We're rolling out the NFL previews and first up on the podcast: the AFC North.

Unlike other divisions, where any team could win, the AFC North will come down to the Steelers and Ravens, although there will be a race to the basement between the Browns and Bengals. That said, both Cleveland and Cincy have relatively easy schedules and there's a chance (remote but not impossible) that one or both of these outfits could win more than six games.

For that to happen, young quarterbacks Colt McCoy and Andy Dalton will have to play out of their minds and get a lot of help from their teammates. McCoy performed better than anybody expected last season, and with expectations predictably low for Dalton, there really is no place for him to go but up (assuming, of course, he doesn't get maimed by the Ravens' or Steelers' defenses at some point during the season).

Baltimore fans may not be sold on Joe Flacco, but the front office's decision to cut ties with two of his favorite receivers -- Derrick Mason and Todd Heap -- won't magically make him a better player. As it stands, the Ravens have Anquan Boldin and, well, that's it. Rookie Torrey Smith could be forced into duty, which while great for getting him some early experience, won't do much for the passing game. The solution: more Ray Rice.

Pittsburgh returns basically the same team that lost to Green Bay in the Super Bowl. If you're a Steelers homer and looking for a silver lining from that loss: there won't be any Super Bowl hangover. So there's that.

Alright, talking starts below. (Just hit the play button and don't forget to Subscribe via iTunes.)




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Posted on: July 14, 2011 11:14 am
Edited on: July 14, 2011 9:55 pm
 

What else did Harrison tell magazine reporter?

HarrisonPosted by Josh Katzowitz

In an interesting admission today, the writer of the controversial James Harrison piece for Men’s Journal magazine told Harrison to do whatever he needs to do in order to make peace with his quarterback.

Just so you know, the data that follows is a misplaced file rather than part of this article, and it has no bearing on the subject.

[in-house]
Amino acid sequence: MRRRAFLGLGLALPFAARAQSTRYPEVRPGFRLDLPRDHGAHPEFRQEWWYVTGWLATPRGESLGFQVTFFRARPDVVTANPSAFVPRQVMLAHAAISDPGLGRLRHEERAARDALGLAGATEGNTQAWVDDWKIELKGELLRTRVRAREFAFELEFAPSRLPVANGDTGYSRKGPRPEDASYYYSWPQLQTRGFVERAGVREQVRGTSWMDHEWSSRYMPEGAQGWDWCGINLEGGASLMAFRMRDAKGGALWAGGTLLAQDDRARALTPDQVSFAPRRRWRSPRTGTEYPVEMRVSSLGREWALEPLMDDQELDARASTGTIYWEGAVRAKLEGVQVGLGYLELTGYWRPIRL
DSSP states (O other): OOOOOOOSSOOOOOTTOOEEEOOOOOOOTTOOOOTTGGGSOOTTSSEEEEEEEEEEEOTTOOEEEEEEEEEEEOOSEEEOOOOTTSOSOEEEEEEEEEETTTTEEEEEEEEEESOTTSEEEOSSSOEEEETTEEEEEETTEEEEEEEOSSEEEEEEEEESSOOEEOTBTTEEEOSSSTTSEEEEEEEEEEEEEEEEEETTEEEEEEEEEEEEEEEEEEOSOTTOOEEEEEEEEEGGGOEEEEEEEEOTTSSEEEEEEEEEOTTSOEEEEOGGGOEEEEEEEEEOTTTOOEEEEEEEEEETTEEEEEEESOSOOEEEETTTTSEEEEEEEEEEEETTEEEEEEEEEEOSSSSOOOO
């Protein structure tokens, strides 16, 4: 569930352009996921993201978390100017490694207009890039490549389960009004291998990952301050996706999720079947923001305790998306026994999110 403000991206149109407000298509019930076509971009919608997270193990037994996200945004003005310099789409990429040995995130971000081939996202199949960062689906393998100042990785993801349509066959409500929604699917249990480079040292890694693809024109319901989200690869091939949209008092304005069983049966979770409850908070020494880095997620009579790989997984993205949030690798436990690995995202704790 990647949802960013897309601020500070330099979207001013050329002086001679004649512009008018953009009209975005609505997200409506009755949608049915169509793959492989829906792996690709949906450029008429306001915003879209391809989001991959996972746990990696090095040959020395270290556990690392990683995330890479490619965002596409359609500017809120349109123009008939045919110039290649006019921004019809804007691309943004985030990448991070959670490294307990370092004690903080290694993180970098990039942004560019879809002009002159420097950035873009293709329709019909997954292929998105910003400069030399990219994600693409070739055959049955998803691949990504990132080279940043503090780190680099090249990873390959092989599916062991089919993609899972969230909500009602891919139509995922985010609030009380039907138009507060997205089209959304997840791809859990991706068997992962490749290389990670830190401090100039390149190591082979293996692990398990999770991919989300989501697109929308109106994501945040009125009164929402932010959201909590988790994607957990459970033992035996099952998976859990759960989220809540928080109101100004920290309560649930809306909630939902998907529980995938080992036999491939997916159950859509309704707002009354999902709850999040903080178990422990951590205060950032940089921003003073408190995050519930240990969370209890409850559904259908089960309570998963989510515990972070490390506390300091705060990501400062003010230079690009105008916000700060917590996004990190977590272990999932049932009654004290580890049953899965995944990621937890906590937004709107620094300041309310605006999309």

“We talked about 11 o’clock yesterday morning,” Paul Solotaroff told ESPN radio, via Pro Football Talk. “Look, James is the guy who’s got to live with Ben for the next three years.... So as I told James, ‘Listen, whatever you’ve got to say to mend fences is perfectly fine with me.’”

That’s why Harrison told Steelers QB Ben Roethlisberger that Solotaroff twisted his words in the story.

But it also sounds like Solotaroff didn’t use all the quotes he could have, and apparently, Harrison got really nasty in the interview (it, of course, would be a surprise if Harrison wasn't nasty)

Harrison's Big Day
“I filled up three notebooks, I don’t know how many hours of digital tape, and I cut so much stuff from this piece,” Solotaroff said. “There is just acres of stuff James said that’s compelling and amusing and riveting. And that wasn’t the only thing he said about Ben.”

In addition to bashing Roethlisberger and RB Rashard Mendenhall in the piece that ran -- he also said some not-so-nice things about commissioner Roger Goodell -- Solotaroff left on the cutting room floor the quote in which Harrison called Cleveland’s Colt McCoy “an idiot kid quarterback.”

But you know what’s also kind of weird about this interview? Solotaroff seems like a HUGE fan of Harrison.

“I was furious at the way James got done by Goodell last year,” Solotaroff said. “I thought making him the poster boy for this abrupt and arbitrary rule change . . . was about the most wrongheaded thing you could do, particularly since Goodell seemed bent on singling James out.”

That’s fine for Solotaroff to feel that way. But now it sounds like Solotaroff is protecting Harrison from getting into even more trouble, simply because he likes Harrison so much.

And when you basically admit to that in a radio interview, your credibility as an objective reporter will get called into question. As it should be.

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Posted on: June 21, 2011 2:54 pm
Edited on: June 21, 2011 3:13 pm
 

Browns doing 'due diligence' on Terrelle Pryor

Posted by Ryan Wilson

When asked Monday about whether the Browns might have interested in quarterback Terrelle Pryor, coach Pat Shurmur would only say, "I can't comment on that situation."

Maybe he can't comment, but the Cleveland Plain Dealer's Mary Kay Cabot will: "The Browns are intrigued enough by former Ohio State quarterback Terrelle Pryor to do their due diligence on him for the supplemental draft, a league source told The Plain Dealer."